By Calla Cofield
More than 300 physics departments have endorsed the physics societies’ Joint Statement on the Education of Future Physics Teachers, representing nearly half of the physics departments in the U.S.
The statement encourages physical science and engineering departments to “take an active role in improving the pre-service training of K-12 physics and science teachers.”
APS has sought endorsements from physics department heads since 2003.
“Good science and mathematics education will help create a scientifically literate public, capable of making informed decisions on public policy involving scientific matters. A strong K-12 physics education is also the first step in producing the next generation of researchers, innovators and technical workers,” according to the joint statement.
In 1999, the American Institute of Physics (AIP), the American Association of Physics Teachers (AAPT), and APS jointly developed the statement to address the national need for improved K-12 physics education and the responsibility of undergraduate physics departments to train future teachers. Many physics departments are not currently involved in future teacher education.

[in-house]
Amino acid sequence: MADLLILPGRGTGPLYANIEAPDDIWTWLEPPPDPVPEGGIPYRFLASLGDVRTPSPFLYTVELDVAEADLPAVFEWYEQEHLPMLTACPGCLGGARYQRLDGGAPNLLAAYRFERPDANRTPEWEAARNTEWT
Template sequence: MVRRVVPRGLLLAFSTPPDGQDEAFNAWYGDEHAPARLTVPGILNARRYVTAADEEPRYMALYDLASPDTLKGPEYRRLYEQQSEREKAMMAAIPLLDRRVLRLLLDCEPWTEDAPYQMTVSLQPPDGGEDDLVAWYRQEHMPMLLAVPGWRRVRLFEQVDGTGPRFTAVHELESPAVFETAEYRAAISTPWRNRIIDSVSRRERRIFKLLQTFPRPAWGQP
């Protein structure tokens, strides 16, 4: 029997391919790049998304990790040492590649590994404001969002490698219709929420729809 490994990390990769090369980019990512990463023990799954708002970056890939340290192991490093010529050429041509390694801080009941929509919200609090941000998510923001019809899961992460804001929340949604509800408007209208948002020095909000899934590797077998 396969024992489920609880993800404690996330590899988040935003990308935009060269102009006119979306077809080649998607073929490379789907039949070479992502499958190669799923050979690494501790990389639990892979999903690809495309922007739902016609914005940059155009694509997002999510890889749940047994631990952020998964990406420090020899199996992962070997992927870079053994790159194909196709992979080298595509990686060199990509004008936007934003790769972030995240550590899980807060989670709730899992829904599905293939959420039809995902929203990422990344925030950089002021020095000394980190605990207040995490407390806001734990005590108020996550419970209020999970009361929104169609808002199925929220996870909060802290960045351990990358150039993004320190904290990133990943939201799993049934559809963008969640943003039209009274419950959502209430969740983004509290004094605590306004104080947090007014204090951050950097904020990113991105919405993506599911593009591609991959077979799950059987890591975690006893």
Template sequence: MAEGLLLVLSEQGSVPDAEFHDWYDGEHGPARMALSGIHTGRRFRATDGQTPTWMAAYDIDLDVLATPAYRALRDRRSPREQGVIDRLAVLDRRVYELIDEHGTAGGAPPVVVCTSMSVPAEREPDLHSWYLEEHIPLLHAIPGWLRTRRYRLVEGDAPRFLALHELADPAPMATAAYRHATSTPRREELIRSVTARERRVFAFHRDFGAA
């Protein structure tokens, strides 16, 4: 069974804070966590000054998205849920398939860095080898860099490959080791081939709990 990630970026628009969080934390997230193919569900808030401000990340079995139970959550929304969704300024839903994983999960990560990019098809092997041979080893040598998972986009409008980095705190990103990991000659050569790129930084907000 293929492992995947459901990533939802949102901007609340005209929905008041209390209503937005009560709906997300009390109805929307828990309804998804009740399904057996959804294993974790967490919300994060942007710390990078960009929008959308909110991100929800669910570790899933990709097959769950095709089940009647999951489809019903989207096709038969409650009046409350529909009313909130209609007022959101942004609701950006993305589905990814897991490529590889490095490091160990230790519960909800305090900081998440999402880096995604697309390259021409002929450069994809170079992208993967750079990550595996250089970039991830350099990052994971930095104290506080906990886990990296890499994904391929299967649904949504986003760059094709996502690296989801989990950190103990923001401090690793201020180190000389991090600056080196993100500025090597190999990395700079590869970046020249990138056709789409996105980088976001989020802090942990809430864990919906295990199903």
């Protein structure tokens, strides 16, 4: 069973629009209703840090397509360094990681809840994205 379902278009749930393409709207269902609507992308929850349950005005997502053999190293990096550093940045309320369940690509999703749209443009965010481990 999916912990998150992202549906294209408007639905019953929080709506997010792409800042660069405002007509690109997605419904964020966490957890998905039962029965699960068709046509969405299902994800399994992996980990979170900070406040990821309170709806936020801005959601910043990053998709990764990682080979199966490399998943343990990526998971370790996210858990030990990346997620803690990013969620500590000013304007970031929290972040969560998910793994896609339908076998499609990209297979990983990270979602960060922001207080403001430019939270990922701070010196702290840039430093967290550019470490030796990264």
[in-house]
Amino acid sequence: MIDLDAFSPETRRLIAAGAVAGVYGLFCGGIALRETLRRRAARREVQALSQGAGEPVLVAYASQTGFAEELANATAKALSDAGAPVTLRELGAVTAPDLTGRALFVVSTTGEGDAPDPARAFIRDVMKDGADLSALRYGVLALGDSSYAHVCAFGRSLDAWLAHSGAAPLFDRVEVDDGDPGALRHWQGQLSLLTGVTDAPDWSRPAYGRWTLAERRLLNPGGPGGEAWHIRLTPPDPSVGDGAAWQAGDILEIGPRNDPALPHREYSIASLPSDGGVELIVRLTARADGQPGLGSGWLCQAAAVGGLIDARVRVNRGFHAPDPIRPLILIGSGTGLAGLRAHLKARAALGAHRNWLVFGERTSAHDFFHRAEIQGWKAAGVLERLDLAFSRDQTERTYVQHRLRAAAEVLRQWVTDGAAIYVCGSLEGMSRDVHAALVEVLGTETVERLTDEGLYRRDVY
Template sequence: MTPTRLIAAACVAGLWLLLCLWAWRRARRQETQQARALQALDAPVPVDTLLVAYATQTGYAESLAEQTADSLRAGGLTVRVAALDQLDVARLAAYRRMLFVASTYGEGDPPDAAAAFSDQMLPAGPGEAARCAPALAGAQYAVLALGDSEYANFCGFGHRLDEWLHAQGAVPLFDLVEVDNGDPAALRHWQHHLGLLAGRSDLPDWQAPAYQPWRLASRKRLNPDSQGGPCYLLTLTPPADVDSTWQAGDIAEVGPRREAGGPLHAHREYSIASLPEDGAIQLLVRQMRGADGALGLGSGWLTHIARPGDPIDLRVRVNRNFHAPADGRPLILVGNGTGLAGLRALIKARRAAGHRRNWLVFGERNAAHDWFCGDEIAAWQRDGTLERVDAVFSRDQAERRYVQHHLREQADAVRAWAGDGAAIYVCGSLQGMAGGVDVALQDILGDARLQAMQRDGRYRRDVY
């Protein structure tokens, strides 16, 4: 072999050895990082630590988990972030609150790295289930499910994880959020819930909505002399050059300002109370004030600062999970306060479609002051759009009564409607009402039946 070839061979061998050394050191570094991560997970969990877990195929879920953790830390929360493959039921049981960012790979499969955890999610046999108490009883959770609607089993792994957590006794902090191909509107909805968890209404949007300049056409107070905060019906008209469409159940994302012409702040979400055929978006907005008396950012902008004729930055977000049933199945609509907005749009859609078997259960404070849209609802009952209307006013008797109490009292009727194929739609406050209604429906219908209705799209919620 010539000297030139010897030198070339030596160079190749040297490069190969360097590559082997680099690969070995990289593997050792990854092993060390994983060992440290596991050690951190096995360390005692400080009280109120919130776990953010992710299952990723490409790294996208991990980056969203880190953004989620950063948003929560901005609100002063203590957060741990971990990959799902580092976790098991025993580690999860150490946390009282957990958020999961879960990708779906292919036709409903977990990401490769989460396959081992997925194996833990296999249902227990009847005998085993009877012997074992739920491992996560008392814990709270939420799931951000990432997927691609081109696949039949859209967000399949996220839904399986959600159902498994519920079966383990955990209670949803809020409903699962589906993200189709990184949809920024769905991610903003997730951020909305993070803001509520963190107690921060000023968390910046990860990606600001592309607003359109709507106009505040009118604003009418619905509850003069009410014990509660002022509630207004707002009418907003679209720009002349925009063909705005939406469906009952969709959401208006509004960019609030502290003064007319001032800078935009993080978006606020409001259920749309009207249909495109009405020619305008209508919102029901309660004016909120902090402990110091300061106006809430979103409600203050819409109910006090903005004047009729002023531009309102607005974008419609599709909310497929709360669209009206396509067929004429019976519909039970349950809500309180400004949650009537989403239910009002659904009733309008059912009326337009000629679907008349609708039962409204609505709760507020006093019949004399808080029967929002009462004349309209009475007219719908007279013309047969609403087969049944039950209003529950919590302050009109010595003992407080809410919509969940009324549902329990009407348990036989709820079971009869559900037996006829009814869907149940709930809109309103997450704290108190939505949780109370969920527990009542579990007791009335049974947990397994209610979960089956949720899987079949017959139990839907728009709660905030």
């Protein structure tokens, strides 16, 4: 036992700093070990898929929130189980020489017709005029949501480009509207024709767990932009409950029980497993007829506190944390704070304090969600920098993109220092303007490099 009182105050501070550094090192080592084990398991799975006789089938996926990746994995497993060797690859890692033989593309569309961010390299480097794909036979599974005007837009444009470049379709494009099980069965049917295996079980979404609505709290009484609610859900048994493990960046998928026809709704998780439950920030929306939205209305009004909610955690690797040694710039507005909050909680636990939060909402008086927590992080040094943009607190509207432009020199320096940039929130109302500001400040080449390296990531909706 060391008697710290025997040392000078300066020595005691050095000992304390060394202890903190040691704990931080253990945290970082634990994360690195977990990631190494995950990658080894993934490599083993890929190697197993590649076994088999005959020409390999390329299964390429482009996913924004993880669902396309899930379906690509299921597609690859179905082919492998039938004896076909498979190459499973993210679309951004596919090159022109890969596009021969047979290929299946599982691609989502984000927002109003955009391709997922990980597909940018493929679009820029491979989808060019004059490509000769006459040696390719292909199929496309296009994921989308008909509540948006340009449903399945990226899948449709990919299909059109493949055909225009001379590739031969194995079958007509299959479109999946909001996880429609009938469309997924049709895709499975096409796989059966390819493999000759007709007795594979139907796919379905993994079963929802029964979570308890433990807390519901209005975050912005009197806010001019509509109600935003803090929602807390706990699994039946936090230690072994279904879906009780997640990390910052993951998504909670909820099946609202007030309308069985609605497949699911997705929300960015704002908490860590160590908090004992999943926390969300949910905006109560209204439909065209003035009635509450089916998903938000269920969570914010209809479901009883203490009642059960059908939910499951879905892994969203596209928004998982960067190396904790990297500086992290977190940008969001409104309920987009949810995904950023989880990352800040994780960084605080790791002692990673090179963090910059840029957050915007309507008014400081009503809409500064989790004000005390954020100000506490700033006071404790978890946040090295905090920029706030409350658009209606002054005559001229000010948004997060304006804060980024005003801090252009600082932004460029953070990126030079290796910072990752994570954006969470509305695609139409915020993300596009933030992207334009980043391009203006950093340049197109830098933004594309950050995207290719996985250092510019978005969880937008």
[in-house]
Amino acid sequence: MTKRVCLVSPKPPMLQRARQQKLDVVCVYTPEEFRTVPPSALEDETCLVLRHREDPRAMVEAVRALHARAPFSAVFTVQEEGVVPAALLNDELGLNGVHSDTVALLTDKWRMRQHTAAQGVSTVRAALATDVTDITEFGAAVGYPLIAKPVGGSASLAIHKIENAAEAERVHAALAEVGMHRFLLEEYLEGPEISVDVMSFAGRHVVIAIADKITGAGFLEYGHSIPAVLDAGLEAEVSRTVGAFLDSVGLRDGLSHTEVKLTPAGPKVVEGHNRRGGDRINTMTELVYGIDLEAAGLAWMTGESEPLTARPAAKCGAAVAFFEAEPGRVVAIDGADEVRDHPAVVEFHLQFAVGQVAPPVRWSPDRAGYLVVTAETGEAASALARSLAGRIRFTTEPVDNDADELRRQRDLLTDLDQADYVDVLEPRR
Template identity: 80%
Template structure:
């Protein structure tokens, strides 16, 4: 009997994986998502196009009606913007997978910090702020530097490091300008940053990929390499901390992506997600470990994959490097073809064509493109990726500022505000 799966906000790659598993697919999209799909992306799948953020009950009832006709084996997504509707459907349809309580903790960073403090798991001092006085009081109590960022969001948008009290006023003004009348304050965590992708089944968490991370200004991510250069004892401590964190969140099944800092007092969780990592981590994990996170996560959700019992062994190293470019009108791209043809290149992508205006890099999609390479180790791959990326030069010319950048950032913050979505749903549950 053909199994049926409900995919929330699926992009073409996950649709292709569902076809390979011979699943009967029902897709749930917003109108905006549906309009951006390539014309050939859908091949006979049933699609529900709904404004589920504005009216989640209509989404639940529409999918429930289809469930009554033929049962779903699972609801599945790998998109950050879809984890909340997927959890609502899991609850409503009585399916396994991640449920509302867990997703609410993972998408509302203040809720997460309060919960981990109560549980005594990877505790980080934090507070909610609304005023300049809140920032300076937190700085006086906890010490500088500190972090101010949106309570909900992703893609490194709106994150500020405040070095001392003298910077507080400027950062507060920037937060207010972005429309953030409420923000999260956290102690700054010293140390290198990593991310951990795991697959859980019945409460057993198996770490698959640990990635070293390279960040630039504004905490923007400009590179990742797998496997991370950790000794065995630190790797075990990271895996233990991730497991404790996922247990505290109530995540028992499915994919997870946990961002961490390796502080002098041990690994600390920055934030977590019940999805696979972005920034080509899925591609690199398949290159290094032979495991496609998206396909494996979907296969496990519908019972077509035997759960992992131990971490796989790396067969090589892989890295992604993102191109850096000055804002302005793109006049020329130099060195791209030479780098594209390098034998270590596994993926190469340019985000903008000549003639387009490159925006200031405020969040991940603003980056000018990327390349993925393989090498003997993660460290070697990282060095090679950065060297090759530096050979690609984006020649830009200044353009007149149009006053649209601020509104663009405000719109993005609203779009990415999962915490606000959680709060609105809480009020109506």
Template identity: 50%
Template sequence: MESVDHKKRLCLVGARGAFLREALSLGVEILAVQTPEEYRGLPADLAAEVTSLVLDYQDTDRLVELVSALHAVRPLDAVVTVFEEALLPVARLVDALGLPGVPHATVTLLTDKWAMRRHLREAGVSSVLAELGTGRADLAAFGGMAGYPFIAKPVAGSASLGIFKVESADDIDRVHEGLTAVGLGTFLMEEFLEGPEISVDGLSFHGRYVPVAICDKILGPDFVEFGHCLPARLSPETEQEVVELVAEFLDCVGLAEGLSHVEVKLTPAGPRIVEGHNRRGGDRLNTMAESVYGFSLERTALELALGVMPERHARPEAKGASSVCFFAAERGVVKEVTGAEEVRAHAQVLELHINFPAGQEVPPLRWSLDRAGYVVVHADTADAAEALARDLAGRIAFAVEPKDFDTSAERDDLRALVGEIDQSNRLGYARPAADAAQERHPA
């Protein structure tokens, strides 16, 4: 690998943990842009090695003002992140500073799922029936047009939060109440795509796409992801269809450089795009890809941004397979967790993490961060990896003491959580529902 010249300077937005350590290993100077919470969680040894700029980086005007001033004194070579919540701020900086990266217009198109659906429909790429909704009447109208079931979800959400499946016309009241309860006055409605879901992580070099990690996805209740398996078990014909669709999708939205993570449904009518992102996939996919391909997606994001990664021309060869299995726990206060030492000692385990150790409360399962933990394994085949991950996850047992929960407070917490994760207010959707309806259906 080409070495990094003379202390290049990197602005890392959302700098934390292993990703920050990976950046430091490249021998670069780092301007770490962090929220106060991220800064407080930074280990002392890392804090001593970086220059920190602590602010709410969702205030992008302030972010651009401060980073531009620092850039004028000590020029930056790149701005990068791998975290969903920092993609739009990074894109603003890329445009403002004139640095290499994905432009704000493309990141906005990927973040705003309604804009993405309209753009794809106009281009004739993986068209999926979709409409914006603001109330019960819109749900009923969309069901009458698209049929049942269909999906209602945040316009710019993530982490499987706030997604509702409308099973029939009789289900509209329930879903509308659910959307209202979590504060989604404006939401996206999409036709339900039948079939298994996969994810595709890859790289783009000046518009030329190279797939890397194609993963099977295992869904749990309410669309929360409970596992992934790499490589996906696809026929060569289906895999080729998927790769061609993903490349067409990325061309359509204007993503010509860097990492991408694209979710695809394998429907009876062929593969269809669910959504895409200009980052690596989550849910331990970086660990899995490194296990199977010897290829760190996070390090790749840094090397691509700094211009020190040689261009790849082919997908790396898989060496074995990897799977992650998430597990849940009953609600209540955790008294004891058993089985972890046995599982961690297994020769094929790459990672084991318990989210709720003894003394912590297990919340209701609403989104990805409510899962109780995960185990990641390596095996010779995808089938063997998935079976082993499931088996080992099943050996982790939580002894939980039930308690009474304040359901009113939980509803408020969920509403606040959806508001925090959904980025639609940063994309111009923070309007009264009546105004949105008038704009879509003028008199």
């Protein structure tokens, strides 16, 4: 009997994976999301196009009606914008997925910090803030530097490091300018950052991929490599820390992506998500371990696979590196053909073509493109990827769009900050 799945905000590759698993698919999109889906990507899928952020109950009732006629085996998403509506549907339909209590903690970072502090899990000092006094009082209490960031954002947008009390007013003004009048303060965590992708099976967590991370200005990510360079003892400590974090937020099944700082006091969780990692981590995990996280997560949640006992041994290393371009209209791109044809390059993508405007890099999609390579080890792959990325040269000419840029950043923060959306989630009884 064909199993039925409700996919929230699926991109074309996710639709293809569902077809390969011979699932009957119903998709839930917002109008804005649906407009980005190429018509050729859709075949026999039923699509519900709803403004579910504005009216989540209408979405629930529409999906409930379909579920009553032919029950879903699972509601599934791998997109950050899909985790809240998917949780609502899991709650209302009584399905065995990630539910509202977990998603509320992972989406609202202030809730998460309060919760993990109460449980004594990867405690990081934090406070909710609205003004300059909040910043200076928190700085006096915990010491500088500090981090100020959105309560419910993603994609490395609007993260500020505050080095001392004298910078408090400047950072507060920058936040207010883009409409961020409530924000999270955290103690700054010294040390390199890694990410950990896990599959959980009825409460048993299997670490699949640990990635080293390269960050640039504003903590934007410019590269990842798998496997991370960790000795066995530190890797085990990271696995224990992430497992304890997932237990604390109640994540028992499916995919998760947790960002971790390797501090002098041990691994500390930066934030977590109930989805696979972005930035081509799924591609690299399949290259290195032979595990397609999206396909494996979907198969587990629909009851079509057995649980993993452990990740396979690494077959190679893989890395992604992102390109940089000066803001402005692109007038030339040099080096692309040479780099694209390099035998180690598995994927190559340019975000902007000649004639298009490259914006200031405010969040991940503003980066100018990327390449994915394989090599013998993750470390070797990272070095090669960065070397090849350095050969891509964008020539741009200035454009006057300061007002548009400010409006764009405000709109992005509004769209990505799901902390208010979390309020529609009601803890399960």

“It’s not a new problem; it’s something people keep rediscovering,” said APS Executive Officer Judy Franz, referring to the lack of attention given to teacher education programs within physics departments.
“Since we issued the statement, there’s been a dramatic increase in universities’ awareness of this issue,” she added.
The endorsement of the statement requires no formal commitment by the departments, but is an acknowledgment that they do have a responsibility for future physics teachers.
Franz added, “Now the next step is to sustain and act on that responsibility. This is important.”
To address the need for improved physics teacher preparation, AIP, APS and AAPT initiated the Physics Teacher Education Coalition (PhysTEC) project in 2001.
“The PhysTEC project has been successful at helping institutions develop sustainable programs in teacher education while recognizing the significant faculty workload in research and teaching,” said Ted Hodapp, APS director of education and diversity. “With the dramatic shortages of qualified physics teachers, the community must act collectively to take responsibility in this important area.”
Information on PhysTEC can be found at www.phystec.org. Joint Statement on the Education of Future Teachers and signatories